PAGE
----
Paper presented at Australian Computer Society NSW branch conference - December 1996
In June 1996 my client had anecdotal evidence that the Internet Services being provided by the internal IT department could be obtained at 60% of the current price and offer better functionality.
I was asked to investigate the outsourcing of the function and manage the outsourcing including the establishment of Administrative procedures within a time frame of three months.
To identify a suitable service provider it was first necessary to identify the requirements. There were three options:
The Facilities Management options provided dedicated equipment but would require in-house technical capability. The third option required no technical skills and left the management of the equipment to the service provider - this would mean that the contract would be couched in terms of services rather than equipment.
To successfully out source the function a relationship needed to be established which clearly defined the role of the internal IT department, the external service provider, internal IT department and the client needed to be established.
The Functional Requirements were broadly as follows however, they had to be much more clearly defined and quantified, so that the service providers ability to deliver as well as the costs could be determined.
The process was determined by the value of the contract the Time Frame and the Stake holders. The value of the contract was not huge so a quotation was sought along general requirements. The requirements were then refined and a firm offer was sought. It was expected that for the amount of money involved the services would be part of the standard offerings of the service provider.
The selection criteria was the current and future technical requirements, the services versus products and the costs. A service is one that is defined and negotiated once of to a customer as opposed to a product which involves the delivery of a defined item for a specified cost.
In the case of Internet services there are a range of solutions available and each provider had its strengths and weaknesses. Would the consumer electronic mail provider be geared to meet the needs of a corporate client? The initial costs of Facilities Management were higher because of the outlay for dedicated equipment. A good understanding of the current usage and projected usage is required,though it mustn't be forgotten that over time services will change as will costs. Future enhancements may require a more powerful machine anyway.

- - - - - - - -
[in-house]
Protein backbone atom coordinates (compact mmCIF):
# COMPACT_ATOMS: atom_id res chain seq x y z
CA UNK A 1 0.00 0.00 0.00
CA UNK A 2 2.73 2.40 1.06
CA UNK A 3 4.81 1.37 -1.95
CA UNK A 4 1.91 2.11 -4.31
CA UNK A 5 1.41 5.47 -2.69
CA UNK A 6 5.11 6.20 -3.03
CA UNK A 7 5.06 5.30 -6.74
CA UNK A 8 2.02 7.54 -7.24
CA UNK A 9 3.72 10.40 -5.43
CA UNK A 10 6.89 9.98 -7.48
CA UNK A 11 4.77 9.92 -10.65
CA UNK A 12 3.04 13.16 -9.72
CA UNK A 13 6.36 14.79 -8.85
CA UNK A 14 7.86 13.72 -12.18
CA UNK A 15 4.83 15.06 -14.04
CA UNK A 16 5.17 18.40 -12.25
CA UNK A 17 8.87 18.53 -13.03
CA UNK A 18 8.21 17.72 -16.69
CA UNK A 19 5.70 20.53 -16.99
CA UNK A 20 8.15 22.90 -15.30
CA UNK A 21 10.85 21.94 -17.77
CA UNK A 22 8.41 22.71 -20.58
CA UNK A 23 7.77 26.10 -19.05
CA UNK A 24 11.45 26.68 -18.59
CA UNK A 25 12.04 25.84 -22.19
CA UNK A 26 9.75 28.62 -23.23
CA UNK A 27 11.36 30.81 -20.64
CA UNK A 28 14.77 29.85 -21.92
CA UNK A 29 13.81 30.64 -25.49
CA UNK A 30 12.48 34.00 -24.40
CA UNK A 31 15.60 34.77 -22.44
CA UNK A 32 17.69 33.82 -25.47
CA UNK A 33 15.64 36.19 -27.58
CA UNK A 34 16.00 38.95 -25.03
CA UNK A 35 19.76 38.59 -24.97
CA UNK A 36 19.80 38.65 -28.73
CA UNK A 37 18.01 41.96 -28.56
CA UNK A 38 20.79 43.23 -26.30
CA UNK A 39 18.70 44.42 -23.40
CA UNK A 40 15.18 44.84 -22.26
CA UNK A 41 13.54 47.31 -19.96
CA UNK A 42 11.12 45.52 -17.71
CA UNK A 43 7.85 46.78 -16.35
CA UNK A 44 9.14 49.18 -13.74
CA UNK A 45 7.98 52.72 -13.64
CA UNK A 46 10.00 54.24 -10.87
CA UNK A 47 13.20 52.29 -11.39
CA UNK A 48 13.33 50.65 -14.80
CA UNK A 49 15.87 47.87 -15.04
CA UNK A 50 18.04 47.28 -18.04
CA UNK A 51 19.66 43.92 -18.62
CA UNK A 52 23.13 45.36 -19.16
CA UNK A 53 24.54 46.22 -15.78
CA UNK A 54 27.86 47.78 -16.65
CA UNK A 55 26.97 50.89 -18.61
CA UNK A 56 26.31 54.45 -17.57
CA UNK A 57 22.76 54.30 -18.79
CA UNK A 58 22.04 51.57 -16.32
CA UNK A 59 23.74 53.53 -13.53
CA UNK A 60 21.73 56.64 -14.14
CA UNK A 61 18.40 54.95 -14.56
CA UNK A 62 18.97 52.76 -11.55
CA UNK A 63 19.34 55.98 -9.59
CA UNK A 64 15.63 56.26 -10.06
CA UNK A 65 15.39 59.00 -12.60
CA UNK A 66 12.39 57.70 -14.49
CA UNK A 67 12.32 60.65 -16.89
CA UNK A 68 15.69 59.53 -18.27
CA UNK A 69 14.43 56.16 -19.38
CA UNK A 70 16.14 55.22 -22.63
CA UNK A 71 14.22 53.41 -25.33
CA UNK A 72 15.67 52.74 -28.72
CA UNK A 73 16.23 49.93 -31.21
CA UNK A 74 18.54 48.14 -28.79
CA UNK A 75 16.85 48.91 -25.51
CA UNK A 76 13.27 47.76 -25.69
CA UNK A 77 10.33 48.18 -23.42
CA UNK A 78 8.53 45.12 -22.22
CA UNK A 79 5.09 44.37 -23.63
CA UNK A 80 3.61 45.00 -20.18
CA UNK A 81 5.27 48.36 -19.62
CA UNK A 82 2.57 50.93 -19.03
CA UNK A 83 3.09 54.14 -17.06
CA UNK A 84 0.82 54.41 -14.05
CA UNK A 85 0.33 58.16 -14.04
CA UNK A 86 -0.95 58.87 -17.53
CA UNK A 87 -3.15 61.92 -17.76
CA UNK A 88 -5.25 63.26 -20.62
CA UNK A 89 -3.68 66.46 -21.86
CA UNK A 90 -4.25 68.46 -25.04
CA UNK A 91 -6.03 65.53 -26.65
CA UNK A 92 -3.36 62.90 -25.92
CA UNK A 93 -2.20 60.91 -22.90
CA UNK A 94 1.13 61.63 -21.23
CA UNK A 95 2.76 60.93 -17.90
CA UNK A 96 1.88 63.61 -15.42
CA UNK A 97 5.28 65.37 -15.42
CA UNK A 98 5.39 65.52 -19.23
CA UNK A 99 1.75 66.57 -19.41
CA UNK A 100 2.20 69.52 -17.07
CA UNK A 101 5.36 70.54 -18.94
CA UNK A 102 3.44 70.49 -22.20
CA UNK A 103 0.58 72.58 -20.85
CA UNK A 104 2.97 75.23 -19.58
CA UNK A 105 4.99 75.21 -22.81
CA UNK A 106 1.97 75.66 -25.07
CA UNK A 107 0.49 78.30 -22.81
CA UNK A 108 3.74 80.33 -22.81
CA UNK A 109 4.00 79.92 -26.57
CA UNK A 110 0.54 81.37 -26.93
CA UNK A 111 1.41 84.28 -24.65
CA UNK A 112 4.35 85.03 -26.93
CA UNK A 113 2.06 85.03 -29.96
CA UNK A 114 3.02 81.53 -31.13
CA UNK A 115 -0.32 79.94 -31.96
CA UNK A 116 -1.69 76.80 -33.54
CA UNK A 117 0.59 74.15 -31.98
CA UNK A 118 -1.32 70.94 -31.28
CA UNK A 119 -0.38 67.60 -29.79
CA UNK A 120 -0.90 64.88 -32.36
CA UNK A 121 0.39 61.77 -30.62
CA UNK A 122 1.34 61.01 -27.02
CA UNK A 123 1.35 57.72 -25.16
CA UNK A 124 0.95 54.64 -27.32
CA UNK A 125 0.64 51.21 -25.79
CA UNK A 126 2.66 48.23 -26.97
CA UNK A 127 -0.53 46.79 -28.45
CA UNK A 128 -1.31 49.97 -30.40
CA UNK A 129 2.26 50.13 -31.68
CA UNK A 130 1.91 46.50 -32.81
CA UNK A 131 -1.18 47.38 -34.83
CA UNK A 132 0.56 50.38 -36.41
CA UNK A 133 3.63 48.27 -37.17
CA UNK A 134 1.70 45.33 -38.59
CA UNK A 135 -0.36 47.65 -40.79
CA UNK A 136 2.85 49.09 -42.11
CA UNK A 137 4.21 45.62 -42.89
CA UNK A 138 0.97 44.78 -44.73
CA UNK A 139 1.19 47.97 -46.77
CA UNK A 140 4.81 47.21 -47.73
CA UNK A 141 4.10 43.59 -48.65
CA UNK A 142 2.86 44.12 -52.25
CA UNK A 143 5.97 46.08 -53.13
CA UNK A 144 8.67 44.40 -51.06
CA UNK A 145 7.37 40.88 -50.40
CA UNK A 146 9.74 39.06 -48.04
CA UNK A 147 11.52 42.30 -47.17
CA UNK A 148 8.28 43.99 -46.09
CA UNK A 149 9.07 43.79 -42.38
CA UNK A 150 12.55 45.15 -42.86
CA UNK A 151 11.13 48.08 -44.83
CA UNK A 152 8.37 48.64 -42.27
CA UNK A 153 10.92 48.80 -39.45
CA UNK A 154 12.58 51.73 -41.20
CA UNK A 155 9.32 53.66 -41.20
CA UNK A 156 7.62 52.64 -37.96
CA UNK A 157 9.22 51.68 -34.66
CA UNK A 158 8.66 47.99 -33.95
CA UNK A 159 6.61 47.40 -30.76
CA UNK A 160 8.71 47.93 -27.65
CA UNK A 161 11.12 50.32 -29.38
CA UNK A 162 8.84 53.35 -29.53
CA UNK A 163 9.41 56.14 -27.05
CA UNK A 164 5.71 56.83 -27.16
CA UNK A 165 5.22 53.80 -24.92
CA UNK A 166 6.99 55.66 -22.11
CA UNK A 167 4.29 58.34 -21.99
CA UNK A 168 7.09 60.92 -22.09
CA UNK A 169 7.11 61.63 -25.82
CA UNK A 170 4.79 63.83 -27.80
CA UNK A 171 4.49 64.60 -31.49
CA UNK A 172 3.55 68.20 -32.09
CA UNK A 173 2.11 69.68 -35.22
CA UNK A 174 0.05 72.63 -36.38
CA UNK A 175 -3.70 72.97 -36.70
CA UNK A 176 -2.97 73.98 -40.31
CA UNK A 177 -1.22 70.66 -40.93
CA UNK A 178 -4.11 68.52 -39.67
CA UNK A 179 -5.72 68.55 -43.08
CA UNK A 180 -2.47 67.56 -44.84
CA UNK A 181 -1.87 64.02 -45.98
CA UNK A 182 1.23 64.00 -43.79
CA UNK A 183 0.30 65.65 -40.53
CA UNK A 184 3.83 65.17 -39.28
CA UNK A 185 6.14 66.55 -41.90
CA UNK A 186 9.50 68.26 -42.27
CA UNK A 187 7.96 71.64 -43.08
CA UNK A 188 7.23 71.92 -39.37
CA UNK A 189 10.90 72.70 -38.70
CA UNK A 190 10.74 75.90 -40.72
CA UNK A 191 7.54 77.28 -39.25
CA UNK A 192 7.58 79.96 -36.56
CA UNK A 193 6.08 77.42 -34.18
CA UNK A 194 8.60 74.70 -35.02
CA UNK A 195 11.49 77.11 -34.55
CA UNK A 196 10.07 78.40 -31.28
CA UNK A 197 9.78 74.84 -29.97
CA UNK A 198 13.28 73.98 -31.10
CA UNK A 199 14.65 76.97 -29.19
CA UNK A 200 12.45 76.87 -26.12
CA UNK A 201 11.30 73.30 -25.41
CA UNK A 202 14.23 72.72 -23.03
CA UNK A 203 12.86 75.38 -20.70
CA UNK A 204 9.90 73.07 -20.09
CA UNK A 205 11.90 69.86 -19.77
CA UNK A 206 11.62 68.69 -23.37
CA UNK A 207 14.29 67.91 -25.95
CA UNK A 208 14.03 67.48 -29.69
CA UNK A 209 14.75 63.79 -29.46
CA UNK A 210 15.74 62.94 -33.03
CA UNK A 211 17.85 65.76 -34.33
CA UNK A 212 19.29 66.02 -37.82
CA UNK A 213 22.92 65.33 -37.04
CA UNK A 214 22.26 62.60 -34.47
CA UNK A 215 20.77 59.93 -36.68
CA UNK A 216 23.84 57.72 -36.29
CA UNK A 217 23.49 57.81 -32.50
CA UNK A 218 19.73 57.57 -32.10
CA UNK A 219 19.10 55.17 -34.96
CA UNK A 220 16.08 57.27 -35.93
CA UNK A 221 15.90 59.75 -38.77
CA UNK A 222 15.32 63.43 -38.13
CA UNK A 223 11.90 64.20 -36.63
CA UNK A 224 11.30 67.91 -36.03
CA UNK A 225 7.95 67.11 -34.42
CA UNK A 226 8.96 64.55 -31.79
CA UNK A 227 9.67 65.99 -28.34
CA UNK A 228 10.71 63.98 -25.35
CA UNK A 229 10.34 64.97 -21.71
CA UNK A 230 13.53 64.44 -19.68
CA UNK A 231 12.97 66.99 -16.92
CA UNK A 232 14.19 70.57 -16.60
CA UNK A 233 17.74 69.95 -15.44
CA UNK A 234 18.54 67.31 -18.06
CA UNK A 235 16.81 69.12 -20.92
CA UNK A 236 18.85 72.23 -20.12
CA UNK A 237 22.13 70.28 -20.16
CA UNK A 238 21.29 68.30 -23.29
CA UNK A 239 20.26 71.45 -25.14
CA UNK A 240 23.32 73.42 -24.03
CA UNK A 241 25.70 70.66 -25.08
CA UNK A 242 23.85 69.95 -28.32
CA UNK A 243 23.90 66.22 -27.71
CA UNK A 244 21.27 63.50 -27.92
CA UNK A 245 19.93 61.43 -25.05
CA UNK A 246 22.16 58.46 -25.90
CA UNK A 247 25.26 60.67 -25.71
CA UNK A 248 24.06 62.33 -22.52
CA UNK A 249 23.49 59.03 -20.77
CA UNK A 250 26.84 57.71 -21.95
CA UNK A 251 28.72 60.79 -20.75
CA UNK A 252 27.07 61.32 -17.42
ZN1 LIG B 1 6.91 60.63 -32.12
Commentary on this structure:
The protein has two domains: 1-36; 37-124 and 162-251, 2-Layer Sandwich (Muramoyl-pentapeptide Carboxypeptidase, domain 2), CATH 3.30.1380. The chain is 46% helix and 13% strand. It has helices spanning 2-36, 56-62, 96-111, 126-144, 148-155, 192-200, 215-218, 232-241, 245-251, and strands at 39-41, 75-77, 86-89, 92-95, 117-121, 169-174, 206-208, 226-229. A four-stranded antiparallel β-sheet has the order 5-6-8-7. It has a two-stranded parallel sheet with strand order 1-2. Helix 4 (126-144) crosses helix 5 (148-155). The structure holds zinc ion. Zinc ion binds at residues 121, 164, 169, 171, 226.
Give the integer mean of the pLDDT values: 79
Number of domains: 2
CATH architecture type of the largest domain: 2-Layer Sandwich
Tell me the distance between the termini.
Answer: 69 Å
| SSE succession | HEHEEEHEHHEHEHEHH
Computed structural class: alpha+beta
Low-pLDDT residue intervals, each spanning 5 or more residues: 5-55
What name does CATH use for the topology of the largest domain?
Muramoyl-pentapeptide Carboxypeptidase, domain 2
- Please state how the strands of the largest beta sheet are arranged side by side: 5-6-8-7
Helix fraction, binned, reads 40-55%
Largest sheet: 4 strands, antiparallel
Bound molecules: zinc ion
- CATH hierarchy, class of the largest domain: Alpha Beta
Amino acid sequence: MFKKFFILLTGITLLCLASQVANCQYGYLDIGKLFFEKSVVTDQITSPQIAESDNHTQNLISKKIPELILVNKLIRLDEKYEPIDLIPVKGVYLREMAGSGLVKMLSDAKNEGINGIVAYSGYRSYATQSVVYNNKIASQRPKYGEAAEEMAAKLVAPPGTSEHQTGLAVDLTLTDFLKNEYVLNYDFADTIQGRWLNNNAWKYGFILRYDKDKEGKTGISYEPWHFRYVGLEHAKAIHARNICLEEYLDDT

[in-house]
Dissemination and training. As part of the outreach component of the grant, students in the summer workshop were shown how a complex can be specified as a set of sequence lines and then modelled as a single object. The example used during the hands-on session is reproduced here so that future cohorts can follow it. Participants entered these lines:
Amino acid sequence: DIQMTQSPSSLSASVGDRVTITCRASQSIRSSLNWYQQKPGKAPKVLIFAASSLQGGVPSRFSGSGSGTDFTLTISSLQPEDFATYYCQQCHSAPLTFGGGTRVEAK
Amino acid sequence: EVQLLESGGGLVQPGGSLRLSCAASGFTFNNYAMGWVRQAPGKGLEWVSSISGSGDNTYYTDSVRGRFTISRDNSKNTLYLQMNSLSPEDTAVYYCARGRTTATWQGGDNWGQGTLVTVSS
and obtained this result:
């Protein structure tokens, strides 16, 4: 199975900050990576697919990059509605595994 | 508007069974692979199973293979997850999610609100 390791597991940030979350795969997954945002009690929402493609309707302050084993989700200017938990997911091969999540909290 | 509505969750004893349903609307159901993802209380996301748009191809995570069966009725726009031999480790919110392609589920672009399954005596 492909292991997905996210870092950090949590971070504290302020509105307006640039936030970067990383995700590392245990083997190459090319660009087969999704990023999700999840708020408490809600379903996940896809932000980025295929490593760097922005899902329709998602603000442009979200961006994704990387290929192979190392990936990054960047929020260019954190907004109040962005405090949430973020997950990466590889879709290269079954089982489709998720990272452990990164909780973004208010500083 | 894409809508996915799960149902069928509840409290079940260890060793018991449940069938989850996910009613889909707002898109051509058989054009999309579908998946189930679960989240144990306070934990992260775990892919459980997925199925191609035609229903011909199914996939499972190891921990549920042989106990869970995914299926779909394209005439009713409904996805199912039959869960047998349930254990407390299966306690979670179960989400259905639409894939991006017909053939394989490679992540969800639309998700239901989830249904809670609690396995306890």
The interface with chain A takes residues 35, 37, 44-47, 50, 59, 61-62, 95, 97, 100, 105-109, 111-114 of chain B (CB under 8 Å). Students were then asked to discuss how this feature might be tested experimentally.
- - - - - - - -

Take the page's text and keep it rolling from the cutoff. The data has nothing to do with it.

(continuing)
The cost assessment required the careful analysis of current usage and functionality and an accurate assessment of future requirements as with new technology this is difficult in the medium (1 year) let alone in the longer term. A costing on a one year basis is advisable especially in order to compare with internal costs.
With the facts and figures at hand the decision to out source can finally be made. Issues such as the true cost (as opposed to price) to the organisation of the In-house option, the service levels and strategic issues such as investment in technical expertise all need to be considered.
The outcome of the process was, much more clearly defined requirements, which could be provided at a lower cost than the original set of services being offered. These refined requirements could be met more cost effectively by the internal IT department.
A service agreement was set out which defined services, charges, response times and the channels for dispute resolution.